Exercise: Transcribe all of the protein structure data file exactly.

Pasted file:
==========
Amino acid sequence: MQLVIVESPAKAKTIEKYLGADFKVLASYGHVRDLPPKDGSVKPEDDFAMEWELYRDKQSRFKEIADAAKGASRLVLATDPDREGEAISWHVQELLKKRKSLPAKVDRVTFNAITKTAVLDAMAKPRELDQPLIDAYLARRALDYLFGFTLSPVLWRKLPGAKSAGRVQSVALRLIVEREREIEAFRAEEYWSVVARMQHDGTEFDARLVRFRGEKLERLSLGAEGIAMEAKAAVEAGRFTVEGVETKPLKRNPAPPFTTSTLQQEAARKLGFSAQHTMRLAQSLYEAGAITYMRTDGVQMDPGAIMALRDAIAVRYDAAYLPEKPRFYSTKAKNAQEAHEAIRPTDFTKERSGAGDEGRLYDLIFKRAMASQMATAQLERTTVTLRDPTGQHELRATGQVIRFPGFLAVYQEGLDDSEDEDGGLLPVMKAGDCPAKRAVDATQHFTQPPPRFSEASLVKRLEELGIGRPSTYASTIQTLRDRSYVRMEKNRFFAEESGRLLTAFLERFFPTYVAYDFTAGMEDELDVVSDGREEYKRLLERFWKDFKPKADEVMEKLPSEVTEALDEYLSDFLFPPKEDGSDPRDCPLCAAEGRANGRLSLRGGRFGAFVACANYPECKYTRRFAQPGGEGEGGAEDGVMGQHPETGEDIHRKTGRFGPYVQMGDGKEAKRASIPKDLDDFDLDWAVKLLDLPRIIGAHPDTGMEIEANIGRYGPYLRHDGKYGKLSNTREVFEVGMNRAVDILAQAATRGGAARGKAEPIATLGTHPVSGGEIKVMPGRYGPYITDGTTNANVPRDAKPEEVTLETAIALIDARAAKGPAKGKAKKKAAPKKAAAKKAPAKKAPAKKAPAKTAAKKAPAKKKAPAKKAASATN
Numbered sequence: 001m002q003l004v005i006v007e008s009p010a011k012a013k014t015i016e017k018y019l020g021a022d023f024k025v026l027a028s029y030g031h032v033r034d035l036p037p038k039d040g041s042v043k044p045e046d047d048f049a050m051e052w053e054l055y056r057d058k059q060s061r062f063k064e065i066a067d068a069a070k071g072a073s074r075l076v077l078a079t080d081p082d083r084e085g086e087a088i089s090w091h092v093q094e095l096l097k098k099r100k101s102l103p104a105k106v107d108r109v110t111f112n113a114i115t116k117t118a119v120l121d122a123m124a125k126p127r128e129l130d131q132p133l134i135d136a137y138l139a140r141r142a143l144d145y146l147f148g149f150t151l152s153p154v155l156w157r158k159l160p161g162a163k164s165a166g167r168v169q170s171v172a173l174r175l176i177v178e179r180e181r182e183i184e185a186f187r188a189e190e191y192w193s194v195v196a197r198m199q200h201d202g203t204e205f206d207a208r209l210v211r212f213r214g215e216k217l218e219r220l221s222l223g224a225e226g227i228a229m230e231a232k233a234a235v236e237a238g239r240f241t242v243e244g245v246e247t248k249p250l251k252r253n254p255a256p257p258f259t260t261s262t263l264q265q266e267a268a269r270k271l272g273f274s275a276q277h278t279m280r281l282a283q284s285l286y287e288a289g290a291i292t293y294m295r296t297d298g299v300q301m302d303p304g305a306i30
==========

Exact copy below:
Amino acid sequence: MQLVIVESPAKAKTIEKYLGADFKVLASYGHVRDLPPKDGSVKPEDDFAMEWELYRDKQSRFKEIADAAKGASRLVLATDPDREGEAISWHVQELLKKRKSLPAKVDRVTFNAITKTAVLDAMAKPRELDQPLIDAYLARRALDYLFGFTLSPVLWRKLPGAKSAGRVQSVALRLIVEREREIEAFRAEEYWSVVARMQHDGTEFDARLVRFRGEKLERLSLGAEGIAMEAKAAVEAGRFTVEGVETKPLKRNPAPPFTTSTLQQEAARKLGFSAQHTMRLAQSLYEAGAITYMRTDGVQMDPGAIMALRDAIAVRYDAAYLPEKPRFYSTKAKNAQEAHEAIRPTDFTKERSGAGDEGRLYDLIFKRAMASQMATAQLERTTVTLRDPTGQHELRATGQVIRFPGFLAVYQEGLDDSEDEDGGLLPVMKAGDCPAKRAVDATQHFTQPPPRFSEASLVKRLEELGIGRPSTYASTIQTLRDRSYVRMEKNRFFAEESGRLLTAFLERFFPTYVAYDFTAGMEDELDVVSDGREEYKRLLERFWKDFKPKADEVMEKLPSEVTEALDEYLSDFLFPPKEDGSDPRDCPLCAAEGRANGRLSLRGGRFGAFVACANYPECKYTRRFAQPGGEGEGGAEDGVMGQHPETGEDIHRKTGRFGPYVQMGDGKEAKRASIPKDLDDFDLDWAVKLLDLPRIIGAHPDTGMEIEANIGRYGPYLRHDGKYGKLSNTREVFEVGMNRAVDILAQAATRGGAARGKAEPIATLGTHPVSGGEIKVMPGRYGPYITDGTTNANVPRDAKPEEVTLETAIALIDARAAKGPAKGKAKKKAAPKKAAAKKAPAKKAPAKKAPAKTAAKKAPAKKKAPAKKAASATN
Numbered sequence: 001m002q003l004v005i006v007e008s009p010a011k012a013k014t015i016e017k018y019l020g021a022d023f024k025v026l027a028s029y030g031h032v033r034d035l036p037p038k039d040g041s042v043k044p045e046d047d048f049a050m051e052w053e054l055y056r057d058k059q060s061r062f063k064e065i066a067d068a069a070k071g072a073s074r075l076v077l078a079t080d081p082d083r084e085g086e087a088i089s090w091h092v093q094e095l096l097k098k099r100k101s102l103p104a105k106v107d108r109v110t111f112n113a114i115t116k117t118a119v120l121d122a123m124a125k126p127r128e129l130d131q132p133l134i135d136a137y138l139a140r141r142a143l144d145y146l147f148g149f150t151l152s153p154v155l156w157r158k159l160p161g162a163k164s165a166g167r168v169q170s171v172a173l174r175l176i177v178e179r180e181r182e183i184e185a186f187r188a189e190e191y192w193s194v195v196a197r198m199q200h201d202g203t204e205f206d207a208r209l210v211r212f213r214g215e216k217l218e219r220l221s222l223g224a225e226g227i228a229m230e231a232k233a234a235v236e237a238g239r240f241t242v243e244g245v246e247t248k249p250l251k252r253n254p255a256p257p258f259t260t261s262t263l264q265q266e267a268a269r270k271l272g273f274s275a276q277h278t279m280r281l282a283q284s285l286y287e288a289g290a291i292t293y294m295r296t297d298g299v300q301m302d303p304g305a306i30